The MMI fiber sensor was composed of a clad-less MMF (core diameter = 125 µm, fiber length = 58 mm) with a pair of SMFs at both ends (core diameter = 6 µm, clad diameter = 125 µm, fiber length = 54 mm), in which the diameter of the SMF clad was equal to that of the clad-less MMF core. In the present MMI-OFC, we set m to 4 for use of the intracavity MMI fiber sensor as the RI-dependent tunable band-pass filter. Due to the spectral bandpass-filtering effect in the MMI process, the MMI fiber sensor acts as an RI sensor showing an RI-dependent λMMI shift. We designed the parameters of the MMI fiber sensor so that the spectral peak appeared around the center wavelength of fiber OFC ( = 1555 nm) when the sample is a pure water sample (0 EtOH%, RI = 1.333 refractive index units or RIU).
2.2 Experimental setup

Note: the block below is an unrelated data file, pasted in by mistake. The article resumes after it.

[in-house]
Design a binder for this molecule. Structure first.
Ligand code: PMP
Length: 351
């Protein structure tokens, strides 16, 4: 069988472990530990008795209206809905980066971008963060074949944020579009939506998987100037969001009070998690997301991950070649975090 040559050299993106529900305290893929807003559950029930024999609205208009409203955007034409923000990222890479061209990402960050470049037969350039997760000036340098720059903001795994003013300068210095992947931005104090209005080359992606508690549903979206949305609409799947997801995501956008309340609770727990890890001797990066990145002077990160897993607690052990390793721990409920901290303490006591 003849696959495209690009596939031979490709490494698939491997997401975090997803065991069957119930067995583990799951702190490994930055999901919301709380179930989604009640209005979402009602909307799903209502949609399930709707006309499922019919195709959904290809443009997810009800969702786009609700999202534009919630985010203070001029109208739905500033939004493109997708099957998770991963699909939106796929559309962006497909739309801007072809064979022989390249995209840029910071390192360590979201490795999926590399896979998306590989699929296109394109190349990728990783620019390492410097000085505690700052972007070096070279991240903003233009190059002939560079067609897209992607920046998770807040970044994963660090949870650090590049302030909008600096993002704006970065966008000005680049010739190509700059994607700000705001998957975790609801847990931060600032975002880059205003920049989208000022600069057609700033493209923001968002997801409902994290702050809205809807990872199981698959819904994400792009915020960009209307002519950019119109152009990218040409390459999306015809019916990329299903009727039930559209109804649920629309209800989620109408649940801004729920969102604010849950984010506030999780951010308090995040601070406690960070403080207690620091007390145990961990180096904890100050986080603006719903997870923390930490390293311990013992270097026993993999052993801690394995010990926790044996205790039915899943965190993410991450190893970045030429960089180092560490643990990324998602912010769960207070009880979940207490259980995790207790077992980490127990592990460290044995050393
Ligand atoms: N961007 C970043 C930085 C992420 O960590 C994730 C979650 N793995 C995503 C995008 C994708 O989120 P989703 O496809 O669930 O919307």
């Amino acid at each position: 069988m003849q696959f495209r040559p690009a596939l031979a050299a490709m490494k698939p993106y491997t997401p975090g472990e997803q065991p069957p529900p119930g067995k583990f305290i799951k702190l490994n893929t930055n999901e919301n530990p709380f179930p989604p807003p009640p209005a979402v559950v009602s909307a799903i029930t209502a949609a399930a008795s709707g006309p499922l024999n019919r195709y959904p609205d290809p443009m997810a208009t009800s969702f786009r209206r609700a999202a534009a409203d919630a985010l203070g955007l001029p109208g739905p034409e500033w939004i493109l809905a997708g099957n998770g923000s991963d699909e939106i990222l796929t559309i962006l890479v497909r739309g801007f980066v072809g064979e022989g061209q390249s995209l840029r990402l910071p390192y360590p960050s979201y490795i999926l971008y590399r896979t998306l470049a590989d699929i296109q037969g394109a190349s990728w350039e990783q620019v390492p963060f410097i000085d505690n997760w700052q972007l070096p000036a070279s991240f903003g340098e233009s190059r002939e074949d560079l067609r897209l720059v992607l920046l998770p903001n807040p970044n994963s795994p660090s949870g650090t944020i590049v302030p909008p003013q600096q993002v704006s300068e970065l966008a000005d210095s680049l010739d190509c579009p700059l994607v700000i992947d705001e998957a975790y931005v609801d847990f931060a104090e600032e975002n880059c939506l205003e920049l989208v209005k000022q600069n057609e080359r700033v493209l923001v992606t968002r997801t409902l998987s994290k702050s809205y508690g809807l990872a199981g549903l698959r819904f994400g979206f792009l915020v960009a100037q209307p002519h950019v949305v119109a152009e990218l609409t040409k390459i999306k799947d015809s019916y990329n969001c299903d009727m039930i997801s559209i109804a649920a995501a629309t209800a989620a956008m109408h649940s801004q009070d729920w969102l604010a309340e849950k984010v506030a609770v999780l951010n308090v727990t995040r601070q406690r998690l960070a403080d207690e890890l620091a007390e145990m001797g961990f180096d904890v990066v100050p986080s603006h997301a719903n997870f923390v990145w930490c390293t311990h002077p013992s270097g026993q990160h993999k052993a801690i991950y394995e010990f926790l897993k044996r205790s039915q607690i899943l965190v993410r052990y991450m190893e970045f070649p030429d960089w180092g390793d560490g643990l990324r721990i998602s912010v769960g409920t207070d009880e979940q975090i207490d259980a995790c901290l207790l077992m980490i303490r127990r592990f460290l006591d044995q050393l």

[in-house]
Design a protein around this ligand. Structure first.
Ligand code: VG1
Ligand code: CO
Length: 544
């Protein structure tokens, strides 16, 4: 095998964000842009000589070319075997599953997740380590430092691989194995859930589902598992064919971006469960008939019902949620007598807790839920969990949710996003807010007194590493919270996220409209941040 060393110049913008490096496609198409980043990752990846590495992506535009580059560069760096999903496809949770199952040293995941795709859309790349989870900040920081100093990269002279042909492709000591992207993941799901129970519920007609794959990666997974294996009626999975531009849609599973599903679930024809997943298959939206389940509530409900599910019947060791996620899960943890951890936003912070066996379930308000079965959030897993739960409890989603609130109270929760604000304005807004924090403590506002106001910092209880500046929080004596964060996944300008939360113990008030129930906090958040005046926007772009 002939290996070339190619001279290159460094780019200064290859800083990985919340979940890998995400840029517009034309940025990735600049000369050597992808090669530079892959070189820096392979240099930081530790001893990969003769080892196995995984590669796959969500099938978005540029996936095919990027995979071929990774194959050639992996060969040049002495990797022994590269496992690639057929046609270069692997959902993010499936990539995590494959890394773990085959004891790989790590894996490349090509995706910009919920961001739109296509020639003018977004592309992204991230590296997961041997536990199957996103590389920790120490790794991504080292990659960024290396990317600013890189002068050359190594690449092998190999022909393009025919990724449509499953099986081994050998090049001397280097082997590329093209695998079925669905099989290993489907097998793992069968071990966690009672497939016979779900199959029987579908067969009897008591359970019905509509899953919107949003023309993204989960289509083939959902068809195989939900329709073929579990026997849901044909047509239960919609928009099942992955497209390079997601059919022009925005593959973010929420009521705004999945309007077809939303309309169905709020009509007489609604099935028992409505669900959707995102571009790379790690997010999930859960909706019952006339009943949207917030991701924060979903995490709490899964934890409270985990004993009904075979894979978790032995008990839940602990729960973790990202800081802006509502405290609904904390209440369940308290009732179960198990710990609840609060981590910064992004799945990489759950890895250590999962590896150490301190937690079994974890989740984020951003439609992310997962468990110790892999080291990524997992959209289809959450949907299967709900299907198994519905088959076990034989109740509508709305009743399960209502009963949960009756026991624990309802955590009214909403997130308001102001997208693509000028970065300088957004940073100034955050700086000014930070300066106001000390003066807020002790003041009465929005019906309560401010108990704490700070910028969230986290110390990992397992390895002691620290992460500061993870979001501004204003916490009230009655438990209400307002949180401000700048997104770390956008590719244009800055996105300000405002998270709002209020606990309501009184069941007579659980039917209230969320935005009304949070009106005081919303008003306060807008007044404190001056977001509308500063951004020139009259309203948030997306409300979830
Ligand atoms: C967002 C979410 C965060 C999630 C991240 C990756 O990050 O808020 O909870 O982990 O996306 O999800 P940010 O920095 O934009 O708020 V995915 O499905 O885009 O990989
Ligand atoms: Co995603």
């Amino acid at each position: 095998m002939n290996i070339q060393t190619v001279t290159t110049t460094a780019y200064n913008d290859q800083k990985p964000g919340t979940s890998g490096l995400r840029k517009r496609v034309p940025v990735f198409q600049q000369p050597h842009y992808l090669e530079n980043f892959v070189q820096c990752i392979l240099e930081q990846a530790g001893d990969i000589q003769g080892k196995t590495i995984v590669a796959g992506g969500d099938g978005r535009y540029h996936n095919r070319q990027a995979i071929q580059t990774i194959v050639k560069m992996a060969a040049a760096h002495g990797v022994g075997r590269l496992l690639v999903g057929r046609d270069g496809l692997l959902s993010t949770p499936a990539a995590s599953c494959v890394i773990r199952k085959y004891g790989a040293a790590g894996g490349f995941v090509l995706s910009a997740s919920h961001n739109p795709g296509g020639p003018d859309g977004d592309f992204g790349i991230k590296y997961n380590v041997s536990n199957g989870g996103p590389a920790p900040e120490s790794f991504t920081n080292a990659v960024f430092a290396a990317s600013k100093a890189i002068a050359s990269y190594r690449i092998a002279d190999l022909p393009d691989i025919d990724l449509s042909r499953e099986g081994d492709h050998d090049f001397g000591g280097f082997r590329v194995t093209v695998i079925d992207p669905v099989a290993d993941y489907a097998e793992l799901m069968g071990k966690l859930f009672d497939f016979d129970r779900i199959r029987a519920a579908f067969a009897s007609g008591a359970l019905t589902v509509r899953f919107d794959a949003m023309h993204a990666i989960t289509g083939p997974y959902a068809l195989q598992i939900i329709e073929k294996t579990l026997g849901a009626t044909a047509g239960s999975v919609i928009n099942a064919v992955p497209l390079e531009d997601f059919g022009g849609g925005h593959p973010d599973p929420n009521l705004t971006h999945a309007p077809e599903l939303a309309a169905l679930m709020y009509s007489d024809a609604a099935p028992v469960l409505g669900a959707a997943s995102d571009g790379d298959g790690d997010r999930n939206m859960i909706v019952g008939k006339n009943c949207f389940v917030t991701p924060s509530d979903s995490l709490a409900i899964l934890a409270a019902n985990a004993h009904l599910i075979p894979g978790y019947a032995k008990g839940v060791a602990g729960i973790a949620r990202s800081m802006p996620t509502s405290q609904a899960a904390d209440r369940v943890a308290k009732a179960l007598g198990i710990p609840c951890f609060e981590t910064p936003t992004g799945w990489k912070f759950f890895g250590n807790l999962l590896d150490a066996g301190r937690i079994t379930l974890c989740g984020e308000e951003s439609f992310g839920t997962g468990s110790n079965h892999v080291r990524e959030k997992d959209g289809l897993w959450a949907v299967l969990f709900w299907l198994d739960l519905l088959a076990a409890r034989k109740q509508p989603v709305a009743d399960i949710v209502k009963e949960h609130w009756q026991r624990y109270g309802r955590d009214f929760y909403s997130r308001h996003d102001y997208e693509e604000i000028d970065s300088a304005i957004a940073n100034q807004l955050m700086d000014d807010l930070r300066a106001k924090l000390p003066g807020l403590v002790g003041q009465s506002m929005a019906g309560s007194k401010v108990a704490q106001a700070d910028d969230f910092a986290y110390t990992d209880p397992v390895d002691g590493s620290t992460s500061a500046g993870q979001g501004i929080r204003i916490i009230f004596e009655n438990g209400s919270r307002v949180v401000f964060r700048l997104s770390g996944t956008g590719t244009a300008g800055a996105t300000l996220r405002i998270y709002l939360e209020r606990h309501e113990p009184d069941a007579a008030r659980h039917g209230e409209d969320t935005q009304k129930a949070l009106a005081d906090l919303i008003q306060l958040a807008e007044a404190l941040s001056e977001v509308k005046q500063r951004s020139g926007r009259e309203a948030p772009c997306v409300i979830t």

We used a mode-locked Er:fiber laser oscillator for the MMI-OFC (see Fig. 2). This oscillator had a ring cavity including a 2.9 m length of single-mode fiber (SMF, SMF-28, Corning, dispersion at 1550 nm = 17 ps/km/nm), a 1.6 m length of erbium-doped fiber (EDF, ER30-4/125, LIEKKI, dispersion at 1550 nm = −15 ps/km/nm), a polarization controller [PC, PCUA-15-S/F(15P/15Q/15H), Optoquest Co., Ltd.], a polarization-insensitive isolator (ISO, PSSI-55-P-I-N-B-I, AFR), a 70:30 fiber coupler (FC, SBC-1-55-30-1-B-1, AFR), a wavelength-division-multiplexing coupler (WDM, WDM-1-9855-1-L-1-F, AFR), and a pumping laser diode (LD, BL976-PAG900, Thorlabs, wavelength = 980 nm, power = 900 mW). The temperature of the fiber cavity was controlled to 25.0°C by a combination of a Peltier heater (TEC1-12708, Kaito Denshi, power = 76 W), a thermistor (PB7-42H-K1, Yamaki), and a temperature controller (TED200, Thorlabs, PID control). Stable soliton mode-locking oscillation was achieved by nonlinear polarization rotation with near zero cavity dispersion ( = −0.045 pm/s2) before and after introducing the MMI fiber sensor in the cavity. The output light from the oscillator was detected by a photodetector (PD), and its frep was measured by an RF frequency counter (53230A, Keysight Technologies, frequency resolution = 12 digit/s) and an RF spectrum analyzer (E4402B, Keysight Technologies, frequency resolution = 1 Hz), both of which were synchronized to a rubidium frequency standard (FS725, Stanford Research Systems, accuracy = 5 × 10−11 and instability = 2 × 10−11 at 1 s). Also, its optical spectrum was measured by an optical spectrum analyzer (AQ6315A, Yokogawa Electric Corp., wavelength accuracy = 0.05 nm, wavelength resolution = 0.05 nm).